The Mahler Chamber Orchestra, coming Sunday afternoon to NEC’s Jordan Hall in a Celebrity series presentation, didn’t set out to be the official orchestra of the Unification of Europe, but that’s the way things are turning out.
The ensemble is, in effect, the alumni association of the Gustav Mahler Jugendorchester, a program founded in 1986 by the legendary conductor Claudio Abbado that brought together young musicians from all over Western Europe and, after 1991, the former Eastern Bloc as well.
As players began to “age out” of the youth orchestra, some of them didn’t want the party to end, and in 1997 the Mahler Chamber Orchestra was born, playing the same broad repertoire (Baroque to the present) as its progenitor, and featuring the same melting-pot of nationalities (20 countries at last count).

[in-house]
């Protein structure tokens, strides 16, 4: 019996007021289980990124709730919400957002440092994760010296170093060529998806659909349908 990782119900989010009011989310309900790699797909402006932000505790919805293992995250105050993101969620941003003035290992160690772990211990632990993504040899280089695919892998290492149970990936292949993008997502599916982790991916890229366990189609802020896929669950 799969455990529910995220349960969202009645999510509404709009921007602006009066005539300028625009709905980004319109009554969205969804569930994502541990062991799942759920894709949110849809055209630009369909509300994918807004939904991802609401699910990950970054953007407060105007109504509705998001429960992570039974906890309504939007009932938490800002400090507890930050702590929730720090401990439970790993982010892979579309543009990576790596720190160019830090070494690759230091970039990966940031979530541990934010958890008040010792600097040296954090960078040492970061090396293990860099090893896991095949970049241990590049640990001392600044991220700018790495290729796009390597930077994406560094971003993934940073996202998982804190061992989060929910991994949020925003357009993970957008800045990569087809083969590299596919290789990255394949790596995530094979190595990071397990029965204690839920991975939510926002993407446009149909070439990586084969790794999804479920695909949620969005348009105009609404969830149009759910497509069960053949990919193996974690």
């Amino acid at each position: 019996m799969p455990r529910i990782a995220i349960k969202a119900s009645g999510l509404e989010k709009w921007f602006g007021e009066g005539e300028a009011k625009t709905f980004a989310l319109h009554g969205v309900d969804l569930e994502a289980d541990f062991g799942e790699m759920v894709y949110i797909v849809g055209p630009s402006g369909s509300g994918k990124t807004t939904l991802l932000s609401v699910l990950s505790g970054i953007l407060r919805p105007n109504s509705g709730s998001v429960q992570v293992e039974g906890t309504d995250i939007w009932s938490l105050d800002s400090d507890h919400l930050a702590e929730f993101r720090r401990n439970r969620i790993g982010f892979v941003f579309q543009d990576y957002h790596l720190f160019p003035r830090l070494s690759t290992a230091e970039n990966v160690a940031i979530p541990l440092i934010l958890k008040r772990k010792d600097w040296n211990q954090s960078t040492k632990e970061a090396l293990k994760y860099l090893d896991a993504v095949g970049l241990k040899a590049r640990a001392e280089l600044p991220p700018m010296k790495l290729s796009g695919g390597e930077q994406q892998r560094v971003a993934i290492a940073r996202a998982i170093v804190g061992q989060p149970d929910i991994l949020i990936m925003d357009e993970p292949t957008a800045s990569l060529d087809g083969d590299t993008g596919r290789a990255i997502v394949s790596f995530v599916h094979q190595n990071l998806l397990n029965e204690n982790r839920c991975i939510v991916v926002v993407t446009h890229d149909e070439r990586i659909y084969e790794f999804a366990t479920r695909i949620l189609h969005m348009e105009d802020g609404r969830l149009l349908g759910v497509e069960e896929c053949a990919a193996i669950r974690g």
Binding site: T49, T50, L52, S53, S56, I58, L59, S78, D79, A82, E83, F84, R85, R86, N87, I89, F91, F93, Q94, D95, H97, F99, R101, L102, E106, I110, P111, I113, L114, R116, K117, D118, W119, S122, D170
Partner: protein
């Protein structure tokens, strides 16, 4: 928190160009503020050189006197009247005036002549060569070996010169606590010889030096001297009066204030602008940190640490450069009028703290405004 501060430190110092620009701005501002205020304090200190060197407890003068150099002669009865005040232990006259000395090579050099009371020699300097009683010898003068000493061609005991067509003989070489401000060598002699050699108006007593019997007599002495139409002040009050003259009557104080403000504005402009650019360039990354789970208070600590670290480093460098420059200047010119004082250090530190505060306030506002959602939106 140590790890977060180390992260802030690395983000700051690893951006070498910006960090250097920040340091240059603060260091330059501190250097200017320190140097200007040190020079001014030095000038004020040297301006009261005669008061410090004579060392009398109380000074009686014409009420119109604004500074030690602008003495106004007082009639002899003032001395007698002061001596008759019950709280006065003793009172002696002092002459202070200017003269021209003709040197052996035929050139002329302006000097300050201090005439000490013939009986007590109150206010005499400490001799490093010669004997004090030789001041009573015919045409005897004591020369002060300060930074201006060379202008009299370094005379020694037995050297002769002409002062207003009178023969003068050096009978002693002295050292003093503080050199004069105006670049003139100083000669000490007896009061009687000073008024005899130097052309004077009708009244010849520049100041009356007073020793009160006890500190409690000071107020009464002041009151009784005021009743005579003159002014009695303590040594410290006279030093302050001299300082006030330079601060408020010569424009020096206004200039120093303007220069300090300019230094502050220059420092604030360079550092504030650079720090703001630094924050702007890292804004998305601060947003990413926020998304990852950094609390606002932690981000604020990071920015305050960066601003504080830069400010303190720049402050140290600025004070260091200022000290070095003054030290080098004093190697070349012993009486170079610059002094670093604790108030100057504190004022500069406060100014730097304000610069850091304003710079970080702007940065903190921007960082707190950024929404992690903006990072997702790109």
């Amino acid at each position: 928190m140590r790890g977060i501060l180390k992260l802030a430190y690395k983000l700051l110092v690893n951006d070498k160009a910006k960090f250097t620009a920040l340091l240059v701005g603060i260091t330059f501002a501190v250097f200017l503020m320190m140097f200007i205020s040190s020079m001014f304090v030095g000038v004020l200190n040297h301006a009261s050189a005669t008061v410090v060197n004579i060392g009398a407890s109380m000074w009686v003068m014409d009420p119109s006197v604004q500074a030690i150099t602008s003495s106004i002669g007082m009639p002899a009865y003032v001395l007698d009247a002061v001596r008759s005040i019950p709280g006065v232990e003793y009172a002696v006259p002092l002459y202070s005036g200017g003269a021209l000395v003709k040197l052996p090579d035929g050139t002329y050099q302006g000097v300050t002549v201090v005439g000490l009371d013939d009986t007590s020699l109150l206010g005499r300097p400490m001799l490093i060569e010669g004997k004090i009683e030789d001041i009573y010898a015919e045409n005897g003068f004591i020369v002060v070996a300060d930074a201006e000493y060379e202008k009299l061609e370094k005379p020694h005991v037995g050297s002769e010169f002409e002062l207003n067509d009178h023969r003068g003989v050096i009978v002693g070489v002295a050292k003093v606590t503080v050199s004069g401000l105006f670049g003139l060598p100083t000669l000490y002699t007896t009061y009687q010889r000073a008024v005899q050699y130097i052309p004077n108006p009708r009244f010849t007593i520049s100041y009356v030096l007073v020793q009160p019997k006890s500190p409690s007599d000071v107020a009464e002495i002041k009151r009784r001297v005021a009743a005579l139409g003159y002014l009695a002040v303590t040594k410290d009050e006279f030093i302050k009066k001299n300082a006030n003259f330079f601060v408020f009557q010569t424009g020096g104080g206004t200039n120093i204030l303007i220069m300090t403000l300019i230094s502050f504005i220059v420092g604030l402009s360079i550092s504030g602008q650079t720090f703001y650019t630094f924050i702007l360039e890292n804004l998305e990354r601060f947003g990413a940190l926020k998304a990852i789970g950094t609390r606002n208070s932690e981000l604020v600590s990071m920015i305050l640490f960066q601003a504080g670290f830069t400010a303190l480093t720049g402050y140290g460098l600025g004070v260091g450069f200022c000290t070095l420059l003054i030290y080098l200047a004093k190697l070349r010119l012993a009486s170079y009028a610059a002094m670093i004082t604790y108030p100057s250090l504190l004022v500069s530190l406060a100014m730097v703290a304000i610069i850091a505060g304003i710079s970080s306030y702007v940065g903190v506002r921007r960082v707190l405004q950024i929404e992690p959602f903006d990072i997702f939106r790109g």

Maestro Abbado continued to lead the MCO until his death last year, sharing the honors with other conductors and with distinguished soloist-leaders such as pianists Martha Argerich and Leif-Ove Andsnes. Along the way, the group’s recordings have snagged a Grammy and a string of prestigious European awards.
On the MCO’s extensive winter tour, only three cities—Paris, Boston and New York—will get to hear the group in a program of Beethoven piano concertos, led by Andsnes from the keyboard. The crackling, Mozartean Concerto No.3 in C minor and the eloquently introspective No.4 in G major are familiar friends, but you may be pleasantly surprised by the charm and fizz of the rarely-heard No. 2 in B-flat major.
Conducting from the piano bench can seem like a stunt, or it can result in an unusually intimate collaboration among artists. Judging from their newly issued recordings of these concertos, Beethoven by MCO/Andsnes appears to be the latter.
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